Ransomware gang releases DC police records
A group of ransomware hackers leaked internal police files from Washington, D.C.’s Metropolitan Police Department (MPD), releasing officers’ personal information including psychological evaluations, credit history and Social Security numbers.
Vice reports that the cyber criminal group behind the leak is called Babuk, which claimed the monetary offer the department made to prevent the leak was not enough.
“The negotiations reached a dead end, the amount we were offered does not suit us, we are posting 20 more personal files on officers, you can download this archive, the password will be released tomorrow,” the group wrote on its website, according to Vice. “If during tomorrow they do not raise the price, we will release all the data.”
The leaked information also included polygraph tests, social media posts, employment history, financial liabilities and scanned copies of officers’ driver’s licenses.
“Yesterday, approximately 20 members’ information was released through the access obtained from MPD’s network by unauthorized parties,” MPD told The Hill. “Additionally, [MPD Chief Robert Contee] sent an email last week to all MPD members with instructions on how to sign up for a credit monitoring service. There is no further information available to provide at this time.”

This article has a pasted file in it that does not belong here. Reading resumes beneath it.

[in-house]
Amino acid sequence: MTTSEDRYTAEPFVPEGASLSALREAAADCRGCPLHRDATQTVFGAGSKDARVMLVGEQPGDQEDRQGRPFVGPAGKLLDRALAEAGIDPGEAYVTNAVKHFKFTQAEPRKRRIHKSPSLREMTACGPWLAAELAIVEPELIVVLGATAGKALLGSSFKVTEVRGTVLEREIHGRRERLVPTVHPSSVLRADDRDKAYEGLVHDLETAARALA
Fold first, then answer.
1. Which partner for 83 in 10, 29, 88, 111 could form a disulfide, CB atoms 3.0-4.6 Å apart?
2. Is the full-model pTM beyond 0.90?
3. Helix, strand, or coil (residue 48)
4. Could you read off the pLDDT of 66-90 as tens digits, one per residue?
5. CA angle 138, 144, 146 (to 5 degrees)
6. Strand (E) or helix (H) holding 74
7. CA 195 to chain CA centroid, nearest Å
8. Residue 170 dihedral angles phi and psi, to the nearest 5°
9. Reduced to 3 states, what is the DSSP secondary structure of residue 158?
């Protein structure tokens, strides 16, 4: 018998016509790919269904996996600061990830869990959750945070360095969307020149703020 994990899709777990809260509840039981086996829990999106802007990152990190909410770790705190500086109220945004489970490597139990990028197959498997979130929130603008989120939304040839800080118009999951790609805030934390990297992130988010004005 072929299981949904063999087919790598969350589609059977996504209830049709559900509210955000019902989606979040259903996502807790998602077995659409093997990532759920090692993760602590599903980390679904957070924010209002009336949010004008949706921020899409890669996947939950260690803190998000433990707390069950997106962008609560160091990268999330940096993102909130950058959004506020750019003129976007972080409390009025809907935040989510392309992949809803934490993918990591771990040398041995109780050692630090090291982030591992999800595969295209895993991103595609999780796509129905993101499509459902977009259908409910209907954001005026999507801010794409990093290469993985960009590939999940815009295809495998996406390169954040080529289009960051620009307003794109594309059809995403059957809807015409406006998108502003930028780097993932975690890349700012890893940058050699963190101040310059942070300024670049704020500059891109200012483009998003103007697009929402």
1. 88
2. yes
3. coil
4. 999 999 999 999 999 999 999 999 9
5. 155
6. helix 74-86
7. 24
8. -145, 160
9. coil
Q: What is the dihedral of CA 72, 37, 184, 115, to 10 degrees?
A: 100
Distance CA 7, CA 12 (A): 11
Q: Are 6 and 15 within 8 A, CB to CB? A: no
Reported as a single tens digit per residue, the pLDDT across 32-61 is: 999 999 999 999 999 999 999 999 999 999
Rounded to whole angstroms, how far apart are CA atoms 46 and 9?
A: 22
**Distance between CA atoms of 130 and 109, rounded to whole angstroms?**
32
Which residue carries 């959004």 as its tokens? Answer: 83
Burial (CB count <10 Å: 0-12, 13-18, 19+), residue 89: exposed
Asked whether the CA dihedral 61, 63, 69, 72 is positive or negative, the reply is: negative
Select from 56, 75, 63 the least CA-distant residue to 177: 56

Babuk first claimed to have stolen 250 GB of information from the department in late April, a breach that was confirmed by the department.
“We are aware of unauthorized access on our server,” a spokesperson told Vice at the time. “While we determine the full impact and continue to review activity, we have engaged the FBI to fully investigate this matter.”
Vice notes that Babuk’s operation differs from other ransomware schemes that operate by encrypting files and demanding a ransom in exchange for unlocking them. Instead, Babuk stole the data and threatened to release it unless a ransom demand was met.
Another ransomware hacking group, DarkSide, demanded a ransom after carrying out a cyberattack on Colonial Pipeline and shutting down 5,500 miles of pipeline that supplies much of the East Coast’s fuel. It is not clear if Colonial paid a ransom to the group.
In its official page regarding ransoms, the FBI advises ransomware victims against paying demands, Vice notes.
“The FBI does not support paying a ransom in response to a ransomware attack,” the agency advises. “Paying a ransom doesn’t guarantee you or your organization will get any data back. It also encourages perpetrators to target more victims and offers an incentive for others to get involved in this type of illegal activity.”
–Updated on May 12 at 9:40 a.m.
The Hill has removed its comment section, as there are many other forums for readers to participate in the conversation. We invite you to join the discussion on Facebook and Twitter.